The argument that a similar barrier around Gaza has proved effective in reducing the attacks ¾ while debatable, as Ambassador Al-Kidwa has mentioned in his introductory speech ¾ still this argument, even if it were true, intentionally ignores the fact that the wall around Gaza had for purpose ¾ had for avowed purpose ¾ to seal it off hermetically; and that is what Israel is emphatically denying being the purpose and effect of the Wall in the West Bank. Why? Because if it admits that the purpose is for it to hermetically seal what is within the Wall, that will confirm all its flagrant features violative of international humanitarian law.

The Wall also starkly fails the test of necessity and proportionality as a security measure, because of the hundreds of thousands of Palestinians who remain unchecked on the other side of the Wall, on the western side for example. Unless of course they are made, directly or indirectly, to leave that area; which would constitute another flagrant grave breach of Article 49 of the Geneva Convention. Not much for possible justification.

Finally, Mr. President, may I say in conclusion, that arguing on the basis of the law of occupation does not mean recognition or acceptance of the legality of this occupation, particularly when it turns into prolonged occupation that borders on annexation. Thank you, Mr. President.

The PRESIDENT: Thank you, Professor Abi-Saab. It is now time for a break of 15 minutes. The Court will resume its hearings at five minutes to noon.

The Court adjourned from 11.45 a.m. to 11.55 a.m.


The PRESIDENT: Please be seated. I now give the floor to Professor Lowe.

Mr. LOWE: Thank you, Mr. President.


THE VIOLATIONS OF INTERNATIONAL LAW

Introduction


1. Mr. President, Members of the Court. It is an honour for me to appear before you, and to have been entrusted with this part of Palestine’s presentation.

2. My task is to present Palestine’s observations on the manner in which the rules of international law apply to the factual situation in the Territory.

3. The Court is not, of course, asked to rule upon particular breaches of international law. It is asked, as the principal judicial organ of the United Nations, to respond to requests for advice from the United Nations General Assembly.

4. The Assembly has determined in resolution ES 10/13 that the Wall is “in departure of the Armistice Line of 1949 and is in contradiction to relevant provisions of international law”. That resolution does not, however, answer all questions; it leaves open important questions. For example, in what respects, and under which rules of international law, is the Wall illegal? What must be done to restore the situation to legality? And what are the duties of States in the meantime?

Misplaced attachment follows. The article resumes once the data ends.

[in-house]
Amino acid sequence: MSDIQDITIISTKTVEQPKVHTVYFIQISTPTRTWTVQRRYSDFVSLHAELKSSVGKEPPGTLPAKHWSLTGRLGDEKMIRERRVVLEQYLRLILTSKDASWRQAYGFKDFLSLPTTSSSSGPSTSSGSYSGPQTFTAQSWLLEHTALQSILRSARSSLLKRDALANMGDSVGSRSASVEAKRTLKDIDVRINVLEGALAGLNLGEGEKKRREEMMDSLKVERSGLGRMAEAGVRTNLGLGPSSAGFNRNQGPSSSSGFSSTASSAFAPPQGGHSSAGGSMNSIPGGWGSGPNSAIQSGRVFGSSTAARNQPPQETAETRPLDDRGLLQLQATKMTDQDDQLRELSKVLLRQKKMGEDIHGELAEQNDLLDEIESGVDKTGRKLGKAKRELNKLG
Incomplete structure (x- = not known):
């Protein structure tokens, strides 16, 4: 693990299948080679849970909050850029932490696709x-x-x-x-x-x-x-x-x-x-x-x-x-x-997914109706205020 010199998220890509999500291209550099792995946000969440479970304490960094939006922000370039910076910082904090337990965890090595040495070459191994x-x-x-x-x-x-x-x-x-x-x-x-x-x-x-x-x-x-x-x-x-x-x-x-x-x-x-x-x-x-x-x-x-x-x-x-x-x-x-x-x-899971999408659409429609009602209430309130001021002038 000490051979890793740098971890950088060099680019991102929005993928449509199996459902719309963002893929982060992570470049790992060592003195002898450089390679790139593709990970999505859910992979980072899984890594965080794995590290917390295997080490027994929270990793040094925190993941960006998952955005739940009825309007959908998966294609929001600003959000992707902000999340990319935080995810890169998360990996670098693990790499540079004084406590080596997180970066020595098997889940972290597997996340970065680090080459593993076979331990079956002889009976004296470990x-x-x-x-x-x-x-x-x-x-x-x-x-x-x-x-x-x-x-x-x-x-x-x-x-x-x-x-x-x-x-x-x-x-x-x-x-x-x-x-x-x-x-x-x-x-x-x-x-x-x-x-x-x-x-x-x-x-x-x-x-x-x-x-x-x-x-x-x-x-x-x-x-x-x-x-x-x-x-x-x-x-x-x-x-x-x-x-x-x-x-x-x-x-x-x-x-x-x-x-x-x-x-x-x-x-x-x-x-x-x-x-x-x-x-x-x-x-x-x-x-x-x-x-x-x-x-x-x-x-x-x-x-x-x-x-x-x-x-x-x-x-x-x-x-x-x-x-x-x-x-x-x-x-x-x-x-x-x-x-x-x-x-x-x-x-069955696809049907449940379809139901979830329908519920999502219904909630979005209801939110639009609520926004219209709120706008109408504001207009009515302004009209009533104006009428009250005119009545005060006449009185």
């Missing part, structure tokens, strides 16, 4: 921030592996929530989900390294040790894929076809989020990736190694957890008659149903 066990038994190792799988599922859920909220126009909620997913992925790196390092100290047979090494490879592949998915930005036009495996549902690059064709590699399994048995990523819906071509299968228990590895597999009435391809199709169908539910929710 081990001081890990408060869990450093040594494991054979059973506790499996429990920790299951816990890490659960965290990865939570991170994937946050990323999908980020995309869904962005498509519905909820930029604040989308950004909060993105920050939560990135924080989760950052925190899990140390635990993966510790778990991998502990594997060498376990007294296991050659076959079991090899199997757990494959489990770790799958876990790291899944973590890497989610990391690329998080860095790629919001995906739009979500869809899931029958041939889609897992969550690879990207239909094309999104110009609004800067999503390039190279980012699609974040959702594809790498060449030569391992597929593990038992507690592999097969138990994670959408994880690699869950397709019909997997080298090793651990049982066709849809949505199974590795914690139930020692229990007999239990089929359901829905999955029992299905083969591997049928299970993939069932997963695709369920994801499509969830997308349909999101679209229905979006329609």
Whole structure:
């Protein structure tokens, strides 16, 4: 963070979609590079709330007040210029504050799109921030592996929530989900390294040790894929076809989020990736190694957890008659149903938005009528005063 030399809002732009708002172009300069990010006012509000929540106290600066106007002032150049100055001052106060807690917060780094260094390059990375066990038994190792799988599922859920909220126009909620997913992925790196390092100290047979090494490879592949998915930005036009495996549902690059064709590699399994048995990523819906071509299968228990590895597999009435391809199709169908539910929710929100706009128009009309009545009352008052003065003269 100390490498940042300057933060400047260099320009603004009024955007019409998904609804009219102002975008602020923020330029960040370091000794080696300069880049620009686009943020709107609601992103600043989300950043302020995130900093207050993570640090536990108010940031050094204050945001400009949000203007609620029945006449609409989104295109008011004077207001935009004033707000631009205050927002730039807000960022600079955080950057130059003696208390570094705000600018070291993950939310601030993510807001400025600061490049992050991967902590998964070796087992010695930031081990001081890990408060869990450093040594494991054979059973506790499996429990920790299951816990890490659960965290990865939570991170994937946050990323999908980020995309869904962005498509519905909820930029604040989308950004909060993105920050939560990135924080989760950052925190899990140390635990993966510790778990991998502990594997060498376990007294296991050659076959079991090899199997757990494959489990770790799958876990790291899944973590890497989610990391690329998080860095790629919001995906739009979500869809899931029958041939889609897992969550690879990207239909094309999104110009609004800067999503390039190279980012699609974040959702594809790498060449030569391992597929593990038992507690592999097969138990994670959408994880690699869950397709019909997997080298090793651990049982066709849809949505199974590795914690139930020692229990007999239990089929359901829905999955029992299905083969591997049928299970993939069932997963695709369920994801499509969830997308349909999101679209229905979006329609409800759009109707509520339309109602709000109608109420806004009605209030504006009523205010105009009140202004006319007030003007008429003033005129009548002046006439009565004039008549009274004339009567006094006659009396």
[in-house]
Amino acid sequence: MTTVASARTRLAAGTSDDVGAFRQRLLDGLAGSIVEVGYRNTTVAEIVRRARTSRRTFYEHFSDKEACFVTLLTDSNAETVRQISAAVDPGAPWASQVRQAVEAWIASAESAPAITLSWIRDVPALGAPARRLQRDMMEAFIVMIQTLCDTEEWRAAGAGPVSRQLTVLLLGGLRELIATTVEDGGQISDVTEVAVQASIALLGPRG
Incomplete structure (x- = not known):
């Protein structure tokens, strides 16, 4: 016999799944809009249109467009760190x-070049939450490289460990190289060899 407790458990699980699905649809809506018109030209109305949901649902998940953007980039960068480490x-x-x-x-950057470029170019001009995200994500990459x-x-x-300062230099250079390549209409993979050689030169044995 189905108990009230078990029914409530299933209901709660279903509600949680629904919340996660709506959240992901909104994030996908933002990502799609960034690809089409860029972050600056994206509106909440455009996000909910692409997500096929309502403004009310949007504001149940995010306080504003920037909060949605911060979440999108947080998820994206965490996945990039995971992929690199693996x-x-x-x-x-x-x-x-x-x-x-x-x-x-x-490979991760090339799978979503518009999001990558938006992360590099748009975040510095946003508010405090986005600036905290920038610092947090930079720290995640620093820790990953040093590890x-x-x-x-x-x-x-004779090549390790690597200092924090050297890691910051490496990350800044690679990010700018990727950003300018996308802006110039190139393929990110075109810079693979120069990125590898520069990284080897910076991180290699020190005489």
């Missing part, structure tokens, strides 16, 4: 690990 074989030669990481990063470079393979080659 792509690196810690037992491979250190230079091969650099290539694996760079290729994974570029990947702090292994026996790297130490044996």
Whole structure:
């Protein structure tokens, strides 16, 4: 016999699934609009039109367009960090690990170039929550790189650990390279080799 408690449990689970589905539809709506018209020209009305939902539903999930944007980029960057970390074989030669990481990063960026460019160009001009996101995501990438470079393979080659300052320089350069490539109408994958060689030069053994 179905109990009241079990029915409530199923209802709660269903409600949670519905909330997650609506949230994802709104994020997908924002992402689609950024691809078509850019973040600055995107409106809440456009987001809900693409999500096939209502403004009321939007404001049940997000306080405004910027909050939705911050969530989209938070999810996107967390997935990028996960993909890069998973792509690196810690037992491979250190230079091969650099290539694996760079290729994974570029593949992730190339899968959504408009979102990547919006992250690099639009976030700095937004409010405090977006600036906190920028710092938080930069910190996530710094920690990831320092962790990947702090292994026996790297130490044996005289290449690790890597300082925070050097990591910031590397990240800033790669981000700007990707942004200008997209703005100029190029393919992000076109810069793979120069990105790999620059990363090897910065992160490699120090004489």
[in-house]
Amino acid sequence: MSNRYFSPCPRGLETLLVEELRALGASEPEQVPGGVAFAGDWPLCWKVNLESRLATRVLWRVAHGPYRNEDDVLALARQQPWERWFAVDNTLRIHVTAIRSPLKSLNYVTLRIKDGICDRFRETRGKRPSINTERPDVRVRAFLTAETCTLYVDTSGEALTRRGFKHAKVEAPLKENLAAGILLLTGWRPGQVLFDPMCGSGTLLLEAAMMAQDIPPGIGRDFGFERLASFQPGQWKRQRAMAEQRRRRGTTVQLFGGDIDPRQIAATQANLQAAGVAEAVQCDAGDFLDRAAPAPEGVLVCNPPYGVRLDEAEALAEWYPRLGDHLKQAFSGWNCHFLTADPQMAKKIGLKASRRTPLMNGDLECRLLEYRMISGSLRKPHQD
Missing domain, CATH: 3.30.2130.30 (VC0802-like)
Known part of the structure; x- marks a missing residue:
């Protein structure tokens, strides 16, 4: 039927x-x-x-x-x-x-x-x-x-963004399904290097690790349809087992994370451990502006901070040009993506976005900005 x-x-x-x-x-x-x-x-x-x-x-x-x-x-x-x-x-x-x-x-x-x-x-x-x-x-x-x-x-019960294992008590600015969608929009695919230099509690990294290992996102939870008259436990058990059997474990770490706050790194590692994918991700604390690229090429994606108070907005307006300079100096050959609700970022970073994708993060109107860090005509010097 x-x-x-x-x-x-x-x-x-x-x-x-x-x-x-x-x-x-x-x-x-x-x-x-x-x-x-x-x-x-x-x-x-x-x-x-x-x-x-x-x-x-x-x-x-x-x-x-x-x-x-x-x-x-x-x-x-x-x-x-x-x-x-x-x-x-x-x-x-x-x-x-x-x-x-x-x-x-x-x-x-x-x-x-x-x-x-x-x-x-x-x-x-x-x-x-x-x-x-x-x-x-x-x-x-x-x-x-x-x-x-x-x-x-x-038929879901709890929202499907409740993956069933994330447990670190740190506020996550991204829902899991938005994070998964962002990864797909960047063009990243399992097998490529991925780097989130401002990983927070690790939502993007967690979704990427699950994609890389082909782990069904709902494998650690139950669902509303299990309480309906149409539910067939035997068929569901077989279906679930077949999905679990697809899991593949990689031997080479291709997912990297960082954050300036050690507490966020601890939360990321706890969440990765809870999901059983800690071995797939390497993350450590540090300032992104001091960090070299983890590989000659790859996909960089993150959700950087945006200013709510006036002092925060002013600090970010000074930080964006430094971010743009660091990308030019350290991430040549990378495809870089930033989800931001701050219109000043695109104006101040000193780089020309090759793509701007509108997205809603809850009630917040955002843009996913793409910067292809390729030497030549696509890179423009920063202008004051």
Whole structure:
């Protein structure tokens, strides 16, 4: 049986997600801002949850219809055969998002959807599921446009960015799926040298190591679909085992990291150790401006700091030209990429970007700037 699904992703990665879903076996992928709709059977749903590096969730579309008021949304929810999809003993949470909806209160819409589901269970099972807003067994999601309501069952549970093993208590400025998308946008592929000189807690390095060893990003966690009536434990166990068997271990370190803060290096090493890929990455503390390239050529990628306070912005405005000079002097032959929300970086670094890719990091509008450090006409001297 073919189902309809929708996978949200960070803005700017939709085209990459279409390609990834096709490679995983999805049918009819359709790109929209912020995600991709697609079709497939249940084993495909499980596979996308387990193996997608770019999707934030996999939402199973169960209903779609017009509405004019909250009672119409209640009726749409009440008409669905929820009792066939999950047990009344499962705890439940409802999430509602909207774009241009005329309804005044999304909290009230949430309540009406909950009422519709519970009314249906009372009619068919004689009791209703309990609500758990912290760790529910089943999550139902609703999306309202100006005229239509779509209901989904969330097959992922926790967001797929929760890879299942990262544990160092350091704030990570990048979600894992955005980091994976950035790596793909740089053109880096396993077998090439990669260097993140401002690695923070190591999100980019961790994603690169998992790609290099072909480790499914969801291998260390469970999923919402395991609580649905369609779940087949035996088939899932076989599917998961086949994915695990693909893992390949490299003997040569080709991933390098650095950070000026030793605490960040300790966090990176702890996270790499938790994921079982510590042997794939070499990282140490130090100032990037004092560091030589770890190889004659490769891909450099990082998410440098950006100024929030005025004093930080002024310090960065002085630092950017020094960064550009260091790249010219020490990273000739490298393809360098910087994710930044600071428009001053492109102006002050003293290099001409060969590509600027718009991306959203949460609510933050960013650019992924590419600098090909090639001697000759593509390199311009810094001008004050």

The tasks


5. I have three main points to put before the Court:

The basic illegality of the Wall

6. [Screen: photograph 4] Let me begin with the underlying question of the legality of the Wall. The issue here is not whether Israel has the right to build a wall: it is whether it has the right to build the Wall in the Occupied Palestinian Territory. Palestine’s main point is that whatever security effects the Wall might have could be secured by building the Wall along the Green Line, on Israeli territory, so that there is no legal justification for building it in the Occupied Palestinian Territory.

7. As you have already seen, the construction of the Wall has involved both the taking of land and the destruction of Palestinian property in the Occupied Palestinian Territory. Under international law the requisitioning of land and the destruction of property are permissible only within narrow and closely defined limits.

8. Requisitioning of land is governed by Article 52 of the 1907 Hague Regulations, which stipulates that “[r]equisitions in kind and services shall not be demanded from municipalities or inhabitants except for the needs of the army of occupation”.